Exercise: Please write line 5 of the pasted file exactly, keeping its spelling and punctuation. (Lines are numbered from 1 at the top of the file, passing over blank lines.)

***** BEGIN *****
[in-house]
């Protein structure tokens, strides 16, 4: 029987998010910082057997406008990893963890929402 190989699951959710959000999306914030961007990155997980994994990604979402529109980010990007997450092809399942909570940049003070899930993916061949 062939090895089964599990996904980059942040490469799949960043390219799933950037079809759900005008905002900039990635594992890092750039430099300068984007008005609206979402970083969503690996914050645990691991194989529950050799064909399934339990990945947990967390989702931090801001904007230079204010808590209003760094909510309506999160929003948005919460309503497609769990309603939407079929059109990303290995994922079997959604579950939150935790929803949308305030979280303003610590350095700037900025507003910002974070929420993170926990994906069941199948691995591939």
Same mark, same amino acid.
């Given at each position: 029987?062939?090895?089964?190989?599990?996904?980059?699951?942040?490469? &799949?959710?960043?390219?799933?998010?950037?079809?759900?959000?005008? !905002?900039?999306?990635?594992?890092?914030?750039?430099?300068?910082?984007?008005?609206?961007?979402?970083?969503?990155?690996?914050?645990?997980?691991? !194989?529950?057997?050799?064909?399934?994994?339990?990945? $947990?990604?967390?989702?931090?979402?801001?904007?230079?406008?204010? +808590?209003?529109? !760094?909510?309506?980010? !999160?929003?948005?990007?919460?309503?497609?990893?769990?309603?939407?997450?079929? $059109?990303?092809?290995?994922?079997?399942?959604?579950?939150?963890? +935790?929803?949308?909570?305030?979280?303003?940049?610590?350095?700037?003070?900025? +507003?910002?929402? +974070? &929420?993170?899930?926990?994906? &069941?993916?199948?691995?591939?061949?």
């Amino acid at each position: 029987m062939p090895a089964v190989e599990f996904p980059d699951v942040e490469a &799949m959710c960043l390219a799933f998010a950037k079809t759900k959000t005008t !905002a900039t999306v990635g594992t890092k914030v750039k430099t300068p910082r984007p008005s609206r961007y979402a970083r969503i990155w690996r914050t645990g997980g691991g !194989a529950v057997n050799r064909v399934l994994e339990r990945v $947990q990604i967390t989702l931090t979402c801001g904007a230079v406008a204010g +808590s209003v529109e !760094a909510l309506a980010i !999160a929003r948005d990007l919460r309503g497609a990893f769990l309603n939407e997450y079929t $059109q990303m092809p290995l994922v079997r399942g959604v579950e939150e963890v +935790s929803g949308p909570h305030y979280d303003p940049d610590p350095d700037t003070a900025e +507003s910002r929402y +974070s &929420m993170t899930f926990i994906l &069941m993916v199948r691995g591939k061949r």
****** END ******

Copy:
């Amino acid at each position: 029987m062939p090895a089964v190989e599990f996904p980059d699951v942040e490469a &799949m959710c960043l390219a799933f998010a950037k079809t759900k959000t005008t !905002a900039t999306v990635g594992t890092k914030v750039k430099t300068p910082r984007p008005s609206r961007y979402a970083r969503i990155w690996r914050t645990g997980g691991g !194989a529950v057997n050799r064909v399934l994994e339990r990945v $947990q990604i967390t989702l931090t979402c801001g904007a230079v406008a204010g +808590s209003v529109e !760094a909510l309506a980010i !999160a929003r948005d990007l919460r309503g497609a990893f769990l309603n939407e997450y079929t $059109q990303m092809p290995l994922v079997r399942g959604v579950e939150e963890v +935790s929803g949308p909570h305030y979280d303003p940049d610590p350095d700037t003070a900025e +507003s910002r929402y +974070s &929420m993170t899930f926990i994906l &069941m993916v199948r691995g591939k061949r």